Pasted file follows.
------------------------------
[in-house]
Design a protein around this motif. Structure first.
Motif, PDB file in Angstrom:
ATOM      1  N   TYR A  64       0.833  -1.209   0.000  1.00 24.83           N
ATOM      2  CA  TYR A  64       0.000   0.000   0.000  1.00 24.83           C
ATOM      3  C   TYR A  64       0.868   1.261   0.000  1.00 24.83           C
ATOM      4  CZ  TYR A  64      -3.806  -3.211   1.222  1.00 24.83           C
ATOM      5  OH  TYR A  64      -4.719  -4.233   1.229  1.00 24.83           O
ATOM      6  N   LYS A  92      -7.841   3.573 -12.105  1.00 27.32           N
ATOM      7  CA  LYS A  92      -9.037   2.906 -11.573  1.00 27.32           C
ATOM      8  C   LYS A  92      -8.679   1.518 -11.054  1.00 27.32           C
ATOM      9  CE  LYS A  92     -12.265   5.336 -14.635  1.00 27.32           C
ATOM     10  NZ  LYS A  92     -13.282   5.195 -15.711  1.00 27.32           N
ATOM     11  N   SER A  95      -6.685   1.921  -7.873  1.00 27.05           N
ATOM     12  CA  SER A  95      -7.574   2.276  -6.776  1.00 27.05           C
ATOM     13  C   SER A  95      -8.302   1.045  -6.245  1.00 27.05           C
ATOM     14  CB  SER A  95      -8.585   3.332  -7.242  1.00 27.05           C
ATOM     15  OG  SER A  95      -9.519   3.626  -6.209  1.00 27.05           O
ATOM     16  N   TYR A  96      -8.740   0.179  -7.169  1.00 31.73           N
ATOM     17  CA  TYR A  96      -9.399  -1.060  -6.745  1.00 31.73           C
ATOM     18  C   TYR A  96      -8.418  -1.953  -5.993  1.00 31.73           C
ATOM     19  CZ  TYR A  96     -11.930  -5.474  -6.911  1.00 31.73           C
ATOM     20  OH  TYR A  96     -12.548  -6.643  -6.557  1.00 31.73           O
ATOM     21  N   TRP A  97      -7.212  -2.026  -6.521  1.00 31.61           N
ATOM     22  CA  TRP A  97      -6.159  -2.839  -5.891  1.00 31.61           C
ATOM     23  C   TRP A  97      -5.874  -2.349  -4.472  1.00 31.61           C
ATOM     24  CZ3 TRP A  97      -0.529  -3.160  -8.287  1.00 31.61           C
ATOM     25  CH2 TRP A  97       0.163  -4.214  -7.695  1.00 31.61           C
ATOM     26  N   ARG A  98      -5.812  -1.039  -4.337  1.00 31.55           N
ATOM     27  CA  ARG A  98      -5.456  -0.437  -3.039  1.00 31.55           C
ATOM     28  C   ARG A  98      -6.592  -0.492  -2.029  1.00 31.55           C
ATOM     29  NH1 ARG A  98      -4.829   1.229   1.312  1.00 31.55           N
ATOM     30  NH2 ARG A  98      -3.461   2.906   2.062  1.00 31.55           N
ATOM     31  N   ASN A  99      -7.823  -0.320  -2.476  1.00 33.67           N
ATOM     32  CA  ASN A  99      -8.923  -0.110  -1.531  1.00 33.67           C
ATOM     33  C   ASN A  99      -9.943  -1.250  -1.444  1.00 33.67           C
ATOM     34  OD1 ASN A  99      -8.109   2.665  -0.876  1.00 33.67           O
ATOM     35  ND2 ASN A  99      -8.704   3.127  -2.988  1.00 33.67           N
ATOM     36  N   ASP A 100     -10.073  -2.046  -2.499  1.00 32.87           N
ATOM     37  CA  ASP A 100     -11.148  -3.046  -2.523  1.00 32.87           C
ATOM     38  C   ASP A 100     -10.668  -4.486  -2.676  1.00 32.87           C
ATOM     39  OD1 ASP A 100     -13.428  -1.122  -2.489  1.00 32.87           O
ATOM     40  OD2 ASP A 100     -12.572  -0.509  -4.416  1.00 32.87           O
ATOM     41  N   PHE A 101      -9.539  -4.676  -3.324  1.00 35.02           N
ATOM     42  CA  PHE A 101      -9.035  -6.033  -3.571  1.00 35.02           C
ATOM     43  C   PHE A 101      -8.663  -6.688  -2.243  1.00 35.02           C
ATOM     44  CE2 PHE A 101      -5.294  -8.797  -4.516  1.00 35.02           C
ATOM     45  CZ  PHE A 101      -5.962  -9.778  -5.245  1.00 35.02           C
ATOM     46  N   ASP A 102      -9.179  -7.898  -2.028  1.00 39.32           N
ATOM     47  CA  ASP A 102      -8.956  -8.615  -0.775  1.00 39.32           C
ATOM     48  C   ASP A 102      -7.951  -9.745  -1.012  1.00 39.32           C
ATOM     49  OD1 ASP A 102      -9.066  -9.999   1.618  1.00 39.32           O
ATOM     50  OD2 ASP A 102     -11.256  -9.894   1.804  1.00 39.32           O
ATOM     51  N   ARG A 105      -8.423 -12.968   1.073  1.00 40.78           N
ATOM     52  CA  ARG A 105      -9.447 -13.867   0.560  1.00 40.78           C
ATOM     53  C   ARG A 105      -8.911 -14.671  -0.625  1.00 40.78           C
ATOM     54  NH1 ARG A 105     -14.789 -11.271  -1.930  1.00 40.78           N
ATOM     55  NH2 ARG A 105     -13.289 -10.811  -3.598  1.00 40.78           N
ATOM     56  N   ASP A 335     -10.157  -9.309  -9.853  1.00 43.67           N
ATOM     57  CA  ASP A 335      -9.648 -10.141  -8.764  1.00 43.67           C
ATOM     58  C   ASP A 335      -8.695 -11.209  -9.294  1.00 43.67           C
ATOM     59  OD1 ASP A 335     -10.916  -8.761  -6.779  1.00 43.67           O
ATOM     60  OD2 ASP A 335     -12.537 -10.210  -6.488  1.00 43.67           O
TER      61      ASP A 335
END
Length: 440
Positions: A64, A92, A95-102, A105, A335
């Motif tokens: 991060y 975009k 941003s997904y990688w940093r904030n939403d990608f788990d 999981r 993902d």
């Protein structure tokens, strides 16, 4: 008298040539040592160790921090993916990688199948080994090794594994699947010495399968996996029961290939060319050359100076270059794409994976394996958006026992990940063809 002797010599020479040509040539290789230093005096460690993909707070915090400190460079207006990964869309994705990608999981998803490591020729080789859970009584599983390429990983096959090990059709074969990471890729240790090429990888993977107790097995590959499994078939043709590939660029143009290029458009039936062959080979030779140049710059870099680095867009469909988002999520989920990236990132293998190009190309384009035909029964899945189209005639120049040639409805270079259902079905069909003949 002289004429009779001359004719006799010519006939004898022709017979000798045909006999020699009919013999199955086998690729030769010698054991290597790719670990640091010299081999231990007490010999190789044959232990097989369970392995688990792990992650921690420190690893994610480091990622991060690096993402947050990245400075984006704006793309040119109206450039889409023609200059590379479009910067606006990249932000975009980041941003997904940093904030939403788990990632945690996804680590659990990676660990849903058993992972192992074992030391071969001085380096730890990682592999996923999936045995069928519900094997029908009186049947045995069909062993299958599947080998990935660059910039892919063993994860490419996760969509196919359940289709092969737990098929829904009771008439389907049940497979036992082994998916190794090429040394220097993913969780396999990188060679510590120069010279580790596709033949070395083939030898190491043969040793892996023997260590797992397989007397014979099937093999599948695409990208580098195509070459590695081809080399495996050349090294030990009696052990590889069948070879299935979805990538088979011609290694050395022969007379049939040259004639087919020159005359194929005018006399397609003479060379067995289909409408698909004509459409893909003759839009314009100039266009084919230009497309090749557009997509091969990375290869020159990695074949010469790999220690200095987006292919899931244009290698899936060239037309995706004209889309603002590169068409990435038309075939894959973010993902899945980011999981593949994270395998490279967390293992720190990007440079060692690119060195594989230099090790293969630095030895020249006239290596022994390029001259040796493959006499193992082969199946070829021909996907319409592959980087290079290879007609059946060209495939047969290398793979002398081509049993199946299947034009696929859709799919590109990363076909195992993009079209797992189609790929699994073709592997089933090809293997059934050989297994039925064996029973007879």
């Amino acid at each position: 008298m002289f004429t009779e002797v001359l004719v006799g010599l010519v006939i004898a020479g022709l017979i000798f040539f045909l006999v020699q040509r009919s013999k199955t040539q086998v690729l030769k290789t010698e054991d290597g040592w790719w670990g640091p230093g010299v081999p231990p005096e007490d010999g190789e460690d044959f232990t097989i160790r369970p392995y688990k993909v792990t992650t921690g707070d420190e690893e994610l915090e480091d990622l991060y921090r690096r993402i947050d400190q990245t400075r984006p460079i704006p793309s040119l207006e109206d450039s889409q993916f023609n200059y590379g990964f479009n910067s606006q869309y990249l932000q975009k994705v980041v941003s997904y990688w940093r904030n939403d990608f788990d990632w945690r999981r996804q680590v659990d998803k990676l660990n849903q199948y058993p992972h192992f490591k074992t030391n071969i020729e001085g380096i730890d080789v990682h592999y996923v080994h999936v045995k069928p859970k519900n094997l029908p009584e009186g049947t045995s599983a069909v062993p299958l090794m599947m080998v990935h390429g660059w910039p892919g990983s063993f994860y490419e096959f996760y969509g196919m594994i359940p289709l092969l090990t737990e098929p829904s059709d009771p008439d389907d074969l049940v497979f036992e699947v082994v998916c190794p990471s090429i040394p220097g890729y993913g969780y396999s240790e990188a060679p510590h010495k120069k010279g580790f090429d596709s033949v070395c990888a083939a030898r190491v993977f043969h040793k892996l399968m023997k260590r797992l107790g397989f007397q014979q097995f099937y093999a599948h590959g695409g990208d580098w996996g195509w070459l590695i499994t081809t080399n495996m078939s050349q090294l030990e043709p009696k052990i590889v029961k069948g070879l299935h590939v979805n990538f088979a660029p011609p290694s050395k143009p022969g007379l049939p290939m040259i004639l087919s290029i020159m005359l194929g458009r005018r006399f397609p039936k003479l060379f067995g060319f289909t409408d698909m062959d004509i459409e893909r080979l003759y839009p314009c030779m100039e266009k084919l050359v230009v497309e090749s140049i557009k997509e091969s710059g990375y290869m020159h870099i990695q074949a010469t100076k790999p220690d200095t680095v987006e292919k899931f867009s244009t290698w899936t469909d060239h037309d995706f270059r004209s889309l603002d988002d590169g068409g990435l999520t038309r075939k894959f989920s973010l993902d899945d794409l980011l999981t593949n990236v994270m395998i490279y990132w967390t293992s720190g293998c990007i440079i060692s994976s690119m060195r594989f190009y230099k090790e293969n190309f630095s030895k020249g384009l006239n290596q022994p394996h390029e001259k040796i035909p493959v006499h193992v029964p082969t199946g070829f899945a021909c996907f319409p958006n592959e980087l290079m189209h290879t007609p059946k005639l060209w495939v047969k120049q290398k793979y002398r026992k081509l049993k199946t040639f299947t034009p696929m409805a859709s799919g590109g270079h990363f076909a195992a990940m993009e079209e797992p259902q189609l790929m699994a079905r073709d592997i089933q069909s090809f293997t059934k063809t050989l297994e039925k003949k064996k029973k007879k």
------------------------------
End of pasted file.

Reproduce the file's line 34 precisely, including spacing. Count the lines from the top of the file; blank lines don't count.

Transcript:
ATOM     31  N   ASN A  99      -7.823  -0.320  -2.476  1.00 33.67           N